Clerics keep watch for the hour of death


Algiers - There were 36 monks and nuns at the Mass, most of them French, grey- or white-haired, listening beneath the stained-glass windows to their priest's reading from St Matthew, Chapter 25, verse 13, his words echoing through the little chapel in the Algiers suburb of Hydra.

"Watch therefore, for ye know neither the day nor the hour wherein the Son of Man cometh." No one moved on the hard wooden seats. Beside the altar, the bespectacled figure of Monseigneur Henri Teissier, Archbishop of Algiers, sat like a statue in his white and purple robes. In every sense of the word, the silence was deadly.

They had come here, these brave 36, to remember one of France's first religious martyrs in Algeria, Vicomte Charles de Foucauld, the French soldier-turned-priest assassinated by an Islamist at Tamranrasset in 1916. His murder set an awful precedent for the monks and nuns who still refuse to leave the land they call home. Of the 118 foreigners murdered here, 19 were priests or sisters of the Christian church. The French government long ago told the 8,000 remaining French citizens in Algeria to leave, but you have to admire the courage of the 300 or so clerics - from Latin America, Asia and the Middle East as well as France - who refused.

"I'm not afraid for me, but for our community," the Archbishop says later - a 67-year-old French professor of Arabic who took Algerian nationality after independence.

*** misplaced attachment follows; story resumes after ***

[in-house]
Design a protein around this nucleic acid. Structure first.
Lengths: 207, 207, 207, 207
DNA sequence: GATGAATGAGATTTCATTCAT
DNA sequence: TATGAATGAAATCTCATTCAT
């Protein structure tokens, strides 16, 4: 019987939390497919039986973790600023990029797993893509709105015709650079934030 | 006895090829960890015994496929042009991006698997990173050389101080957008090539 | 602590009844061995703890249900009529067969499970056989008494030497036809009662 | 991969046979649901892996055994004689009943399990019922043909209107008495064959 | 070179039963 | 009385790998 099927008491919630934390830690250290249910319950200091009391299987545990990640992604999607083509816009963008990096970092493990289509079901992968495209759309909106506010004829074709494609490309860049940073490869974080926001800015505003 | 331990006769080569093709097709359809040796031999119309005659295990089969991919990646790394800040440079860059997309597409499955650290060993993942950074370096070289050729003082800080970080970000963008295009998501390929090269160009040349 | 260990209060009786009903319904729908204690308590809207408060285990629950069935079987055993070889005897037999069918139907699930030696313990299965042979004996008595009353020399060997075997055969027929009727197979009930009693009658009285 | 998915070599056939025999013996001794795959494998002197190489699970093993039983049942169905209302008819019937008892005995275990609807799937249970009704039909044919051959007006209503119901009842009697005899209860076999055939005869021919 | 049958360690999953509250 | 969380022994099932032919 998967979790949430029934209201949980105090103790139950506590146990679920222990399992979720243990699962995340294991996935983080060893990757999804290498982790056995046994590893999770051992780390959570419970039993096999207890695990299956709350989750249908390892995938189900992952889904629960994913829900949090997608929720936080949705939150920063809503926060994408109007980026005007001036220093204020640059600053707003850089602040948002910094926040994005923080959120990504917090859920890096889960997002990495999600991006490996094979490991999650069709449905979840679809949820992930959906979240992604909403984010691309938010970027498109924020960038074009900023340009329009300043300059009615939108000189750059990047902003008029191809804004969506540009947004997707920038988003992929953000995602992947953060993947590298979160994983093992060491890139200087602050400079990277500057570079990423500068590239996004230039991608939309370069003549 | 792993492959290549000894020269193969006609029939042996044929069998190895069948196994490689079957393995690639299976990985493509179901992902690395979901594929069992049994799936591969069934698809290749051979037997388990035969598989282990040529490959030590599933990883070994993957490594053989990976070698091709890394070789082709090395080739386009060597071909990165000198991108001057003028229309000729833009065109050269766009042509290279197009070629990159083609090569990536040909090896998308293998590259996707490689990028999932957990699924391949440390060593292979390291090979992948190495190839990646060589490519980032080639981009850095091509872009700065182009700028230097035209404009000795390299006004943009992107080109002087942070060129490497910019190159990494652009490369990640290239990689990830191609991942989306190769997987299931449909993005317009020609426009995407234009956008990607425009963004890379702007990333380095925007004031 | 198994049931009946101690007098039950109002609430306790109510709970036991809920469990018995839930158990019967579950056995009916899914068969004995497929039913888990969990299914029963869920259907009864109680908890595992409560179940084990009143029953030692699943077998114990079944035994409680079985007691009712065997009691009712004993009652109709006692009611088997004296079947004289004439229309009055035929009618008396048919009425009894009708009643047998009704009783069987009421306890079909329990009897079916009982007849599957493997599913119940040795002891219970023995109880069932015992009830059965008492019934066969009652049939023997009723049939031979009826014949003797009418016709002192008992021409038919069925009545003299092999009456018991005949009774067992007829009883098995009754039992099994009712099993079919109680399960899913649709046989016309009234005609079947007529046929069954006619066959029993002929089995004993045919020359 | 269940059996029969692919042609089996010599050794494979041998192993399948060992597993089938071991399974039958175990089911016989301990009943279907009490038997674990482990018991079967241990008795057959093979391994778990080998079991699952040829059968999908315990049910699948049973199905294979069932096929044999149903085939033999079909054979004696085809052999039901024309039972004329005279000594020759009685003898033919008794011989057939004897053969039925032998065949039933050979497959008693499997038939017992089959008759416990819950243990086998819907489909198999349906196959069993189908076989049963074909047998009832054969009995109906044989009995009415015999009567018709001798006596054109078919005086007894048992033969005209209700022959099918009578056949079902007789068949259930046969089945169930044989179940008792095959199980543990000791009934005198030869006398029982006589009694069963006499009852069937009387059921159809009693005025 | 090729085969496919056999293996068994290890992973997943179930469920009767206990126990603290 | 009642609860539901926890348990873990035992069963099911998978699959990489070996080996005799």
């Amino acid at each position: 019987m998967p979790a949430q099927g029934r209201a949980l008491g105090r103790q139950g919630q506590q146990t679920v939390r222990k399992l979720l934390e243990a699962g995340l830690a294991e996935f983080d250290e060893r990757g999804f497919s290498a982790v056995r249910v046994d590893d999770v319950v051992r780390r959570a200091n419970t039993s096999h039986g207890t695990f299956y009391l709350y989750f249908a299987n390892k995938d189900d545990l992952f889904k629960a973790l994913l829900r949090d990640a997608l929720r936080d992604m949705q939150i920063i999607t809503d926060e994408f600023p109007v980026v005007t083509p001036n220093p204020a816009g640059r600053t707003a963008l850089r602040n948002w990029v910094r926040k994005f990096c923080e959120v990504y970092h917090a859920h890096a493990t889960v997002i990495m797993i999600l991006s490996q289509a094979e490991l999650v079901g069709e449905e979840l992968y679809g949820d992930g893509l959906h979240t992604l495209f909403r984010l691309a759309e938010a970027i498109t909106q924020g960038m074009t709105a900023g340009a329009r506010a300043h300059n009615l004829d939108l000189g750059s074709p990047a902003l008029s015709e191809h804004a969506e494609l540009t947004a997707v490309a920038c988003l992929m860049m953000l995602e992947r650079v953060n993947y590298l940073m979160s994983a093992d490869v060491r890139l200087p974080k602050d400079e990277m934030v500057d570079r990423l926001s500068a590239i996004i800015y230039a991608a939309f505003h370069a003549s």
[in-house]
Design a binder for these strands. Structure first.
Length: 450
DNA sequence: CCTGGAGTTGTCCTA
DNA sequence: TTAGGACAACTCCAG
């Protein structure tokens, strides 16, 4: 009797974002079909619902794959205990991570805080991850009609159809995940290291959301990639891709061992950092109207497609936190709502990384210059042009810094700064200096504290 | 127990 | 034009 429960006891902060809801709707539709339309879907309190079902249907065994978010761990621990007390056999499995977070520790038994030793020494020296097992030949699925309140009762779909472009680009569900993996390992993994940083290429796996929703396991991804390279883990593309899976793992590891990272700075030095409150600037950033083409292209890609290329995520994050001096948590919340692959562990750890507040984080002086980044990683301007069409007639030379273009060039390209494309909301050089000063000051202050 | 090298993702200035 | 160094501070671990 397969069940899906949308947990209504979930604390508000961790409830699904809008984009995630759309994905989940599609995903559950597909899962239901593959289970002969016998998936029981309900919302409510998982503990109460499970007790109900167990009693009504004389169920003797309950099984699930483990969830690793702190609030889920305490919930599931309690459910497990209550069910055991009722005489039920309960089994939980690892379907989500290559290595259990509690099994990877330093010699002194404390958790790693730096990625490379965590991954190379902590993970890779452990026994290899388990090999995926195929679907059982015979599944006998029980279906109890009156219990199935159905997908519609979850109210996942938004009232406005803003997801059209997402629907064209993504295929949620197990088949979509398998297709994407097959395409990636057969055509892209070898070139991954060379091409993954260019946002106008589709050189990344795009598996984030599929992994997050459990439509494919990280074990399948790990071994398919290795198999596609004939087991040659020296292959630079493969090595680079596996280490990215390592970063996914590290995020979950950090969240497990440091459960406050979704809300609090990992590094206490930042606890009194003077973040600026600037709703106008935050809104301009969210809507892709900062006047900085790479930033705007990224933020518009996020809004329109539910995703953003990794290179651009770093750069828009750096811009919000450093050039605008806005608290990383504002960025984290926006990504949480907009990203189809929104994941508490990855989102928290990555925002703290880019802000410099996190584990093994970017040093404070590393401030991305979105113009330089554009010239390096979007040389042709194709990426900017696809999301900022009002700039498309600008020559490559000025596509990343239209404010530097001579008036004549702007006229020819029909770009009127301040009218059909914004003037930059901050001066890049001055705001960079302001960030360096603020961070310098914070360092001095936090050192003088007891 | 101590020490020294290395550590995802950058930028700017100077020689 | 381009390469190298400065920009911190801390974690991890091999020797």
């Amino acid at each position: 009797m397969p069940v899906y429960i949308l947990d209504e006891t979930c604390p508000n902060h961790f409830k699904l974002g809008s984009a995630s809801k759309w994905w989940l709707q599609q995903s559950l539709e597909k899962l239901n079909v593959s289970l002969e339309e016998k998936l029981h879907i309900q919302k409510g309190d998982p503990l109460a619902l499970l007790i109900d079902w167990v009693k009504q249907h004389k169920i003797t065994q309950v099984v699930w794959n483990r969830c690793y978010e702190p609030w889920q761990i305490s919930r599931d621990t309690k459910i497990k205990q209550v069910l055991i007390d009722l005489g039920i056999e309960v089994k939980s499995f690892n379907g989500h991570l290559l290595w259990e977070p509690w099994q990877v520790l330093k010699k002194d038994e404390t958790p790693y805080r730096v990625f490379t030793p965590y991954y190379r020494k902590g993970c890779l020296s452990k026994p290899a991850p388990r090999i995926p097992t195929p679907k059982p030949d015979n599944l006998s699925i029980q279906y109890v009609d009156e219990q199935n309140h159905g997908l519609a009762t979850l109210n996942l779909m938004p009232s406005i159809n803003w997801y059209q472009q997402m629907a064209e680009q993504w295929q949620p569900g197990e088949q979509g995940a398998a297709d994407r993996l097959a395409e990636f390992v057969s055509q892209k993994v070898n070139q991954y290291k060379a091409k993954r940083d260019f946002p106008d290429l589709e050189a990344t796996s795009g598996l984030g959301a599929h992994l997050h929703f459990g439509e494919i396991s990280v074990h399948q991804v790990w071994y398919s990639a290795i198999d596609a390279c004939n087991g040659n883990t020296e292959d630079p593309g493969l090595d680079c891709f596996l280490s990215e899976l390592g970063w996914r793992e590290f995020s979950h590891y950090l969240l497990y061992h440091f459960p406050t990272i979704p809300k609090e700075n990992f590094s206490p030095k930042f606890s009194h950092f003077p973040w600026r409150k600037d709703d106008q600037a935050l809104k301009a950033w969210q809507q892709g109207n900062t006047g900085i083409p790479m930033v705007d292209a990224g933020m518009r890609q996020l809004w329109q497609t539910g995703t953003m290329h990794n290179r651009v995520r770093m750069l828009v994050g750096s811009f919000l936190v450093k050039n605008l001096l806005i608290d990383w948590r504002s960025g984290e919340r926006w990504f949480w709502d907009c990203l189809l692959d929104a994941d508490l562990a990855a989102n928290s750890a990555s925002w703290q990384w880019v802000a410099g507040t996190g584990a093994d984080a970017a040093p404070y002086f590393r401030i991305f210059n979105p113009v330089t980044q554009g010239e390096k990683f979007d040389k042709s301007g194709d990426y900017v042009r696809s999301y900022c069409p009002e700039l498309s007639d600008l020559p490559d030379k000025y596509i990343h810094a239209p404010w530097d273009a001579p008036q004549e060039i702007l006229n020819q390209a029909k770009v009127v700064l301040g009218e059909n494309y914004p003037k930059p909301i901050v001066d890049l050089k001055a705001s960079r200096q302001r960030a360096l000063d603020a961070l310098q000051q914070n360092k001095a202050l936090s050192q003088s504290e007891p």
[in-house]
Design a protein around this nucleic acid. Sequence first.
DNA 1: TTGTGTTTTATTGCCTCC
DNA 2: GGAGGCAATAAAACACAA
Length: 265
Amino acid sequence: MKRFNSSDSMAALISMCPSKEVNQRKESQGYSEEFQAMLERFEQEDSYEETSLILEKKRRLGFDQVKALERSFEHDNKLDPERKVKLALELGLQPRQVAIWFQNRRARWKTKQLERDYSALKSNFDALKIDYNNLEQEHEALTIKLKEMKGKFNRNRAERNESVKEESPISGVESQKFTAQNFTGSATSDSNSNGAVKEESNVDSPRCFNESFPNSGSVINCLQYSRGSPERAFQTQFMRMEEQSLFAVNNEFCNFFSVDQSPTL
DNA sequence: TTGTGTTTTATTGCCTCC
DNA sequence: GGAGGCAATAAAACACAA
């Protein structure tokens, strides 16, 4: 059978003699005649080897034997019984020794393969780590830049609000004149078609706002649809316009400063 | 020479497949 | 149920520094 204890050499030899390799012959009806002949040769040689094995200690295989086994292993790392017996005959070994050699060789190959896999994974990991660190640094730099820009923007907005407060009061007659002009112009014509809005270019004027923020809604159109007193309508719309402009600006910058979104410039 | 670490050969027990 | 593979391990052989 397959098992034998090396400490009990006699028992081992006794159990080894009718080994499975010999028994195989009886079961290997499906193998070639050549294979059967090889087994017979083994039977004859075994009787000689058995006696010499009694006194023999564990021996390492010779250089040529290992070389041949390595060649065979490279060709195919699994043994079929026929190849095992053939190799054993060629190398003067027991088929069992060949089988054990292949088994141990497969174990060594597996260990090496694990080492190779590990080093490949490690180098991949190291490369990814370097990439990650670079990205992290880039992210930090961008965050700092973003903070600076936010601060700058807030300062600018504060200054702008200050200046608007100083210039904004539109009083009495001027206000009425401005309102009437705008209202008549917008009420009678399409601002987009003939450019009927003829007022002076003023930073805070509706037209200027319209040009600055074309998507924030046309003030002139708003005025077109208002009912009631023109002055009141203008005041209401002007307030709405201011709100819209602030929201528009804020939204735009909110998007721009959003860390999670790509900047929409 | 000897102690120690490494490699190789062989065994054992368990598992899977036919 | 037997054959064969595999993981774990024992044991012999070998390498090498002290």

"You can imagine what I feel every time I hear the phone ring late at night or when I've left my number while visiting a friend's house." On 21 May, the phone rang to tell him that all seven monks kidnapped from the monastery of Tibhirine, high in the mountains outside Algiers, had been found decapitated. He speaks softly when he describes what was found afterwards on the road between Algiers and Medea.

"It is true that we found only their heads," he says. "Three of their heads were hanging from a tree near a petrol station. The other four heads were lying on the grass beneath. But it is marvellous that the families of those monks maintained their friendship for us and for all Algerians. They had visited the monastery. They had been able to accept the loss of their sons. They knew it was not all Algerians who did this thing."